So, recently I finished a book that I pretty much loved. I wrote about it before in a blog post. It was The Trouble With Being Born by E.M. Cioran. 212 pages of fantastic aphorisms. He is primarily a nihilistic philosopher.
The main thing I want to write about here is the relationship between nihilism and arrogance. I think a nihilistic worldview lends itself well to arrogance. It is easy to use it as a way to write people off, or to criticize them I am gonna talk about how this has been a somewhat consistent theme in my life. Then I am gonna talk about how Cioran and others give me a way to use nihilism as a path to compassion rather than arrogance.
So, nihilism and arrogance. What is that all about? Well, first I will lay out how it seems easy to use nihilism to lapse into a dismissive or arrogant world view. Second, I'll talk about how I think the conclusions of nihilism should lead you to a more compassionate view.
Nihilism and an arrogant world view:
Basic ideas of nihilism as I understand them. The world is without objective meaning. Human existence is one big accident. System's of meaning are socially constructed. Life is essentially pain. Ummm, I am having a hard time coming up with an in depth discussion of nihilism as a view. I suppose I have read a number of nihilist books but not really enough. But, regardless, it is a view that posits that their is a lack of meaning in everything, that everything is random and accidental, that life is defined by pain, and we may not even be able to access real truth or knowledge.
Sure, thats all good and fine. I suppose my knowledge of nihilism comes from Nietzsche, John Gray, Cioran, and Schopenhauer.
Now, how could this create an arrogant world view? Well, I guess I will start by saying that the nihilistic world view is in stark contrast to most of life within society. Mainly when it comes to the idea of meaning. Society seems to thrive on meaning. We need to assign meaning to things so that we can function. We have developed extremely elaborate religious institutions that have been explaining and assigning meaning to the world for millennia. We have legal and political institutions that have given meaning to our behavior and our interactions with others, given us a sense of morality. We also have scientific studies that have given nature meaning down to the smallest increment. Everything means something, or is a certain way.
And I guess nihilism is dangerous to these ideas because it asks: what if none of this means anything? And what if it isn't that way, but I have been indoctrinated into thinking about things in that way? In short, nihilism problematizes all of the meanings assigned by religion, law, politics, and science.
So how does this give rise to an arrogant world view? Well, seeing as how most of the world depends on at least one of these systems of meaning, it makes it easy to write people off, to attribute stupidity to them. When we see someone coming out of a church it is easy for us, being informed on nihilism, to say 'don't you know that religion is a historically constructed system of meaning? don't you see that it has nothing to do with your life and merely offers you a way of making sense of life's pain? why don't you just face the facts and stop living a lie?' So, since nihilism embraces the idea that life is an illusion, it, if misused, gives us liberty to attack other people's world view. Any system of meaning that guides someone, like politics, law, religion, or science, can be dismantled and shown to be incredulous. You can claim, almost universally, that any system of meaning is flawed and should be abandoned. I can see how It sorta gives you license to be critical of whoever you want whenever you want.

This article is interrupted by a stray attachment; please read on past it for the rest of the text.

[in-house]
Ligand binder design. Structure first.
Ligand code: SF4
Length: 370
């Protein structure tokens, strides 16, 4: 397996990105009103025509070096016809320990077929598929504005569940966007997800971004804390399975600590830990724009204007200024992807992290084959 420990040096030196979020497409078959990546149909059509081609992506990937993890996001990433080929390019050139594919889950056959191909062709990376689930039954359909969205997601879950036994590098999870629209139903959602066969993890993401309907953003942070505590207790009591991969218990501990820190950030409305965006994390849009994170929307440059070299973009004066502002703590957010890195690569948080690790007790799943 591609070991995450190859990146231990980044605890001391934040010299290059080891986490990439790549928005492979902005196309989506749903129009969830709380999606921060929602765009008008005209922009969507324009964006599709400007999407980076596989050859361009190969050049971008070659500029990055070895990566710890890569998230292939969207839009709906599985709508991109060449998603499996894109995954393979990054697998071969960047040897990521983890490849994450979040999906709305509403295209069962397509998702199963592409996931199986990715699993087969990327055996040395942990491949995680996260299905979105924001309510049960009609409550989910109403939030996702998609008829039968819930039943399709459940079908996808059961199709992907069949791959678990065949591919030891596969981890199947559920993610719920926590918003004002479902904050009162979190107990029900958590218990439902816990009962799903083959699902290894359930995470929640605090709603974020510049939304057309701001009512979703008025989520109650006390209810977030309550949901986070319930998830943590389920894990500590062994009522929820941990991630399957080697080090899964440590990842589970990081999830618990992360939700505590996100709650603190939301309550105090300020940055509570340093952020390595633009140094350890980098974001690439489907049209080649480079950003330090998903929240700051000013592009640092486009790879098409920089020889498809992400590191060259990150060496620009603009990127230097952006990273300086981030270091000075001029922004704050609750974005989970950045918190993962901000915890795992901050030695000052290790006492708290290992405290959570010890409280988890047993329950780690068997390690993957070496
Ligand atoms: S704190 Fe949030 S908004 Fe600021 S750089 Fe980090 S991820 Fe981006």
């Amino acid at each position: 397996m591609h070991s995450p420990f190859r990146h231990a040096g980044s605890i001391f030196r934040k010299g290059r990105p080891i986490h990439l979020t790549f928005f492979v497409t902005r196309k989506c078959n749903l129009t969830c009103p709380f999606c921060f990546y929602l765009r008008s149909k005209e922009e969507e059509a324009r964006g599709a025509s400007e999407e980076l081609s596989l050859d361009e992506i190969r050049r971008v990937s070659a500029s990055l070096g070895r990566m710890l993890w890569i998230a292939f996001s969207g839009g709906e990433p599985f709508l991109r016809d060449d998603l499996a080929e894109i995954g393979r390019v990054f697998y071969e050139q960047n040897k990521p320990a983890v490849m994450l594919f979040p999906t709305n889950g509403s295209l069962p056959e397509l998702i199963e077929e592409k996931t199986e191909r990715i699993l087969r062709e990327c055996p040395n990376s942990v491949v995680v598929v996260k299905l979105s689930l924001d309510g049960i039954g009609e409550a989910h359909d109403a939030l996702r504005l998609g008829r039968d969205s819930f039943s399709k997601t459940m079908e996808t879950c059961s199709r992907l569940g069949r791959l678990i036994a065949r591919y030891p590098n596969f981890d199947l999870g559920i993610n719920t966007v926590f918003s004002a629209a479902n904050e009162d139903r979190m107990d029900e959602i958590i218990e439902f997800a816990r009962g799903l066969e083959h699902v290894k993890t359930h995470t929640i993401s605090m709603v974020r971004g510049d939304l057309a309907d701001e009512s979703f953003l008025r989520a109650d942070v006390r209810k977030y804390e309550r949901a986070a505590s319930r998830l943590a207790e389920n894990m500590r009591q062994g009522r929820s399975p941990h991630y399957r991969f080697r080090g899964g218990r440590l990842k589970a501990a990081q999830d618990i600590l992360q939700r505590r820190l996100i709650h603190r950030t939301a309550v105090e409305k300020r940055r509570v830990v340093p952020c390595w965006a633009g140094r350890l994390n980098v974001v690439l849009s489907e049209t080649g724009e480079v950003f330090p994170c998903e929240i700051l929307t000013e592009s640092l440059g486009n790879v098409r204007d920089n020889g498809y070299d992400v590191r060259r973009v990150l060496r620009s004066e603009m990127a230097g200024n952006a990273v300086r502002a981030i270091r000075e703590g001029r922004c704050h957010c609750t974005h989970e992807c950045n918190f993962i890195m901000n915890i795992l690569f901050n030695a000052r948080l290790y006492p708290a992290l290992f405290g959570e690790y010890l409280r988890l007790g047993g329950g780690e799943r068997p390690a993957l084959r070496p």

Religion is the most easily attacked, I think. But politics, law, and science, too, can be attacked by nihilism. Side thought: nihilism and historical study. Nietzsche was very historically informed, as is Cioran. John Gray frequently invokes history, and I believe Schopenhauer was too. So, what is up with the relationship between history and nihilism? Well, if you look at the historical record, more than anything else you find war, disease, general suffering, etc.. Things are okay for lots of people, life is good, but history definitely turns up more pain than anything else. Further, it is really easy to tie violence and pain to religion, just because religion has played such a role in human life for much longer than politics or science. So, I guess that is why religion was the first system of meaning to come under heavy scrutiny from the historically informed nihilists.
Later, other nihilists would made explicit claims about the systems of meaning that have been opened up by politics and law, science and technology. John Gray, for example, has some very interesting thoughts on science and technology. He argues that the Christian project of universal salvation has been taken up, in a modified form, by contemporary liberal humanists. Christianity, he claims, was the first belief system to offer salvation for all. Pagan religions never saw life as a process of salvation, but as a constant, something that would always involve discomfort. Buddhism saw things similarly, suffering is inevitable Buddha said. Gray claims that liberal humanists have placed their faith in science and technology to create panaceas for human pain, taking up the Christian project of universal salvation without even recognizing its origins. This isn't about abandoning science and technology. It is about finding its limitations, and recognizing the centrality of pain and irrationality. One quote from Gray's Straw Dogs, it demonstrates all of the above very concisely: "Today the good life means making full use of science and technology – without succumbing to the illusion that they can make us free, reasonable or even sane. It means seeking peace – without hoping for a world without war.... The good life is not found in dreams of progress, but in coping with tragic contingencies."